There is still gore aplenty, mind you, but nothing on the extravagant scale of that ferocious village raid. There is some wonderfully bizarre imagery, too, but nothing as trippy as that early hallucinatory sequence with the farting and the levitation. Björk, alas, gets no more than two or three minutes on screen. The initial feverish energy dissipates, the geographical scope diminishes, and the stakes lower, until The Northman has become a twee historical romance with thin characterisation, substandard visual effects, and a few US and European actors speaking English in various sort-of Scandinavian accents. Kidman and Bang, incidentally, are only nine years older than Skarsgård.
Stranded somewhere between an experimental art project and a mainstream Nordic answer to Gladiator, it’s certainly tamer than The Lighthouse. More pertinently, it’s tamer than David Lowery’s The Green Knight, which came out last year. The Northman and The Green Knight have a lot in common. Both of them are earthy yet surreal swords ‘n’ sorcery quests based on medieval stories, and both feature witches, giants, shadowy banqueting halls, and heads being lopped off left, right and centre. But The Green Knight was so radically beautiful and disorientating that The Northman seems almost conventional in comparison.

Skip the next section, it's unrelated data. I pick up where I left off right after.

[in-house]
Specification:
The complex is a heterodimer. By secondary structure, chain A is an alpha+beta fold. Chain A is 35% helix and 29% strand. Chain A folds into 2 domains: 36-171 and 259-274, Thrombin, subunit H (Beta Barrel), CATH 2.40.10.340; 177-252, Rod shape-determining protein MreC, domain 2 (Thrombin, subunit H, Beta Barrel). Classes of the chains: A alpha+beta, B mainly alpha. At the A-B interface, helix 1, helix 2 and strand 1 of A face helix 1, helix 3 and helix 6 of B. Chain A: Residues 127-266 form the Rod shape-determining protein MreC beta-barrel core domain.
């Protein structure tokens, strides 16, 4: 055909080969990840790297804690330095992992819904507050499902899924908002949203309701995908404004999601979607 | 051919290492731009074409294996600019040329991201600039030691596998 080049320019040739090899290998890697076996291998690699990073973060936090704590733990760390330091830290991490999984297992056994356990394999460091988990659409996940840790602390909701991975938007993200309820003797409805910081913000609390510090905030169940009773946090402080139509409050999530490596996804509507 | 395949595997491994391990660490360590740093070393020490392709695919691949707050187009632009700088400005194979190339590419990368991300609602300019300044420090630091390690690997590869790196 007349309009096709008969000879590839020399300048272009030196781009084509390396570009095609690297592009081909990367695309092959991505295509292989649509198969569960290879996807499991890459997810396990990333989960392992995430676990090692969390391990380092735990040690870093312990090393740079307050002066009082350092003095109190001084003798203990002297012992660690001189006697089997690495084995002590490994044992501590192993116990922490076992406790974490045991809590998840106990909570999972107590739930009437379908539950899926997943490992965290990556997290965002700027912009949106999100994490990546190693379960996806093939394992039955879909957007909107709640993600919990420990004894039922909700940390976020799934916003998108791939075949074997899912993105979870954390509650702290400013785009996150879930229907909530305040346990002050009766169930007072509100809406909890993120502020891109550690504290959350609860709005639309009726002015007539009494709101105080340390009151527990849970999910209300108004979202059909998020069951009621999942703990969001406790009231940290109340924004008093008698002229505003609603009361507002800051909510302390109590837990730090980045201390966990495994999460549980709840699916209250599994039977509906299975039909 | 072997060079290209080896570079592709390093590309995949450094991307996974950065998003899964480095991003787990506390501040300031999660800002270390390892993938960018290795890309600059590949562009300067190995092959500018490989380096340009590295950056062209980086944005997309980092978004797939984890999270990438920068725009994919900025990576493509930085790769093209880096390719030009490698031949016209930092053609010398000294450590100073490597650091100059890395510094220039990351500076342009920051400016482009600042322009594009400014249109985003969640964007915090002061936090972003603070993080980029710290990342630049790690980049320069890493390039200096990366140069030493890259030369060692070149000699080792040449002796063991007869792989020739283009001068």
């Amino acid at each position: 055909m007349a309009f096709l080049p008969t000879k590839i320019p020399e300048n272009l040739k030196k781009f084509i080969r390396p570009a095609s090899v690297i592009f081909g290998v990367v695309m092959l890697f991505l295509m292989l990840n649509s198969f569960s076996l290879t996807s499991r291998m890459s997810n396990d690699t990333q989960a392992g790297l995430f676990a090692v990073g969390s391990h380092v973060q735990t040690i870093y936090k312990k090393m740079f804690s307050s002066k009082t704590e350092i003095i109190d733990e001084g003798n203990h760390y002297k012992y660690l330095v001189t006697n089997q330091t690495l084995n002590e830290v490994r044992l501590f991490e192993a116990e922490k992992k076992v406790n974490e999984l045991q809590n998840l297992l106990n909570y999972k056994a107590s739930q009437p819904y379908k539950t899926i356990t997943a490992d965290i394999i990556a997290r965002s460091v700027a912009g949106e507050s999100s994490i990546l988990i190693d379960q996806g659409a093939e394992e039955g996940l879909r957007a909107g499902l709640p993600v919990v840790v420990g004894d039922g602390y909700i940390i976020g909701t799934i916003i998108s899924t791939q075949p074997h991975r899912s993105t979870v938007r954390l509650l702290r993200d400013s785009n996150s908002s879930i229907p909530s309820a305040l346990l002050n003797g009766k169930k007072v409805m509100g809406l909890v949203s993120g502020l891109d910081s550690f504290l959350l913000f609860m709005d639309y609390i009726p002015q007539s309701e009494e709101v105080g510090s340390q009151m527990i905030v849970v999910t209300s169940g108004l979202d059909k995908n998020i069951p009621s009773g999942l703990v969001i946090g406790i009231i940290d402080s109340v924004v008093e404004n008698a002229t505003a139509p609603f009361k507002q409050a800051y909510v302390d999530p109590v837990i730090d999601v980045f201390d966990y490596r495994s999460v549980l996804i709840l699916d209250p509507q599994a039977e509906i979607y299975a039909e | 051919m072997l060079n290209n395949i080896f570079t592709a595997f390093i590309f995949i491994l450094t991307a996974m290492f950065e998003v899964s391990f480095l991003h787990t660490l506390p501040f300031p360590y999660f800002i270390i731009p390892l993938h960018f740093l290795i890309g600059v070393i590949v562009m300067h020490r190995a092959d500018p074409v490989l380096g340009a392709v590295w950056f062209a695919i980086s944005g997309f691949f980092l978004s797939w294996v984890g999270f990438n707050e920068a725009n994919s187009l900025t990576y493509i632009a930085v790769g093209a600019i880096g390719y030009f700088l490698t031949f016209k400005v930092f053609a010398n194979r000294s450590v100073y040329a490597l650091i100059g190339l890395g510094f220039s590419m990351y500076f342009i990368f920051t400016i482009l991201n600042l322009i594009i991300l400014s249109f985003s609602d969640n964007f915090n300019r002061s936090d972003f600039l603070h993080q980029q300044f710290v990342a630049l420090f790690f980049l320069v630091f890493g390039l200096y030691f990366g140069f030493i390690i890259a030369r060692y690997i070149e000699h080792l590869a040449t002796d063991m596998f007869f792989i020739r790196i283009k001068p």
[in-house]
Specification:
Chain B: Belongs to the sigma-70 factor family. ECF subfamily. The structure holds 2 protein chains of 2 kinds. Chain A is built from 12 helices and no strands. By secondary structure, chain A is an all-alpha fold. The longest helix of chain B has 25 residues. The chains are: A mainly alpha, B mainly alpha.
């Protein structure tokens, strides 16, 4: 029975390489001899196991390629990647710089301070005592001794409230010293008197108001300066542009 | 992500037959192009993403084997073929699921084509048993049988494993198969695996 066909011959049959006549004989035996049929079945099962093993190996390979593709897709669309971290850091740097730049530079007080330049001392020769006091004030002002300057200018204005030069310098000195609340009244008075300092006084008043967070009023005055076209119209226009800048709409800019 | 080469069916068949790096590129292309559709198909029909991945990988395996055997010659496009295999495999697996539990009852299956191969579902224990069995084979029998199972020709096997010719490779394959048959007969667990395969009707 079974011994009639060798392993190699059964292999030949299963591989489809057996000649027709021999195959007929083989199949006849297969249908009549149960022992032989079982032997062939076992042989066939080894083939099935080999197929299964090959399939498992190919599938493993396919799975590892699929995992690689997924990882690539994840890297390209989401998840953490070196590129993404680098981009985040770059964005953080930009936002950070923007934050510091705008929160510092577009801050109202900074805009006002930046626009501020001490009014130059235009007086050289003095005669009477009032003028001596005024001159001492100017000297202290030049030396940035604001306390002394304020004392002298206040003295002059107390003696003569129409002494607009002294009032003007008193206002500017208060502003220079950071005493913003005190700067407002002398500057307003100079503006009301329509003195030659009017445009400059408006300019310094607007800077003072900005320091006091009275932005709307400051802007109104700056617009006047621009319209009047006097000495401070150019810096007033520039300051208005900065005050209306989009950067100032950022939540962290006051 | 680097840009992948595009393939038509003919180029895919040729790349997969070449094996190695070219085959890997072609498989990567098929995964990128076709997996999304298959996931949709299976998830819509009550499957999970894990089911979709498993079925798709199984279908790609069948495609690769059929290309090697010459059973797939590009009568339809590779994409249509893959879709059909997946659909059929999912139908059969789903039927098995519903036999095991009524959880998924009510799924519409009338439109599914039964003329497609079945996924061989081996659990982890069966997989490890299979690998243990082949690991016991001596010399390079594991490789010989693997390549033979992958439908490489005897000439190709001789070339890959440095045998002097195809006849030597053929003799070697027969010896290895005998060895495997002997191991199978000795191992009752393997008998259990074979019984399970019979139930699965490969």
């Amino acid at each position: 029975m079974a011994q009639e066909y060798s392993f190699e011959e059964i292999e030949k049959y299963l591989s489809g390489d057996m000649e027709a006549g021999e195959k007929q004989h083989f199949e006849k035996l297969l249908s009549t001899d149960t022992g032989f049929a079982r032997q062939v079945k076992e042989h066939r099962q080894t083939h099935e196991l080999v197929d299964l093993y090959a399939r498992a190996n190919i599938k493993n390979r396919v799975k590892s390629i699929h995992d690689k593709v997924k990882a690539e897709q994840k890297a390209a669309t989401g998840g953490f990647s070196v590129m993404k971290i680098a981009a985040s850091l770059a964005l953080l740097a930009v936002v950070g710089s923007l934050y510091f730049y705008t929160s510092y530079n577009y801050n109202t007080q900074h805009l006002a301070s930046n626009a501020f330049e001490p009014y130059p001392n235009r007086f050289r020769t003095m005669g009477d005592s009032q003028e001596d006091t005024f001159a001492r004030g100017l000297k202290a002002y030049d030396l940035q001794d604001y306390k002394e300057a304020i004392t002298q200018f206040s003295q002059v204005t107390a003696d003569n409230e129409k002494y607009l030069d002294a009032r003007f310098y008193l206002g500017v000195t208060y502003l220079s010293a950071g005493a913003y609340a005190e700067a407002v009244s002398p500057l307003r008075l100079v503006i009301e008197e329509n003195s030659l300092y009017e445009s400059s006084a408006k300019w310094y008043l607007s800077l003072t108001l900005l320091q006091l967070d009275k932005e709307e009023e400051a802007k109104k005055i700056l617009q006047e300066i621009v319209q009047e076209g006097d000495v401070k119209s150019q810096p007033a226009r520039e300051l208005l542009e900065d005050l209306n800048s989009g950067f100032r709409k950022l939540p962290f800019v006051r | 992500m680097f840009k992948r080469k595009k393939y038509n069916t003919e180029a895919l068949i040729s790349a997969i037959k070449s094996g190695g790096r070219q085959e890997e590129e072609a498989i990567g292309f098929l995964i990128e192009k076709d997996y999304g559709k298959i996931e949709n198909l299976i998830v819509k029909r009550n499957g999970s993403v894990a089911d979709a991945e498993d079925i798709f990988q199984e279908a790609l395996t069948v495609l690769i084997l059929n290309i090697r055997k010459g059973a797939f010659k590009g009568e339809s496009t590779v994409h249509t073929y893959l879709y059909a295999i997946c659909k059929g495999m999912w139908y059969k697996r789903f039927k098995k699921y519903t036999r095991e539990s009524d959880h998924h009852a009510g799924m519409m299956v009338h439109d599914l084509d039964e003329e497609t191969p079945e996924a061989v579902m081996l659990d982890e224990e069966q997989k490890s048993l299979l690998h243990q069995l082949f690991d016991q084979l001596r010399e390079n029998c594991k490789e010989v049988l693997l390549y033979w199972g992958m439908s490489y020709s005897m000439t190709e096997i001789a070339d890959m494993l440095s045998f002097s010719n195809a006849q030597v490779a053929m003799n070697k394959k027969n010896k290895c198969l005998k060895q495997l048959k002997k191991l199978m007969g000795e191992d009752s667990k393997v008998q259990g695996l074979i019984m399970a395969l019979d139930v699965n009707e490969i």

On the other hand, there aren’t many films that don’t seem conventional compared to The Green Knight. Compared to most US action adventures, The Northman is adventurous and distinctive. It feels compromised, but the great stuff outweighs the not-so-great stuff. To see or not to see? If that is the question, the answer is: see it.
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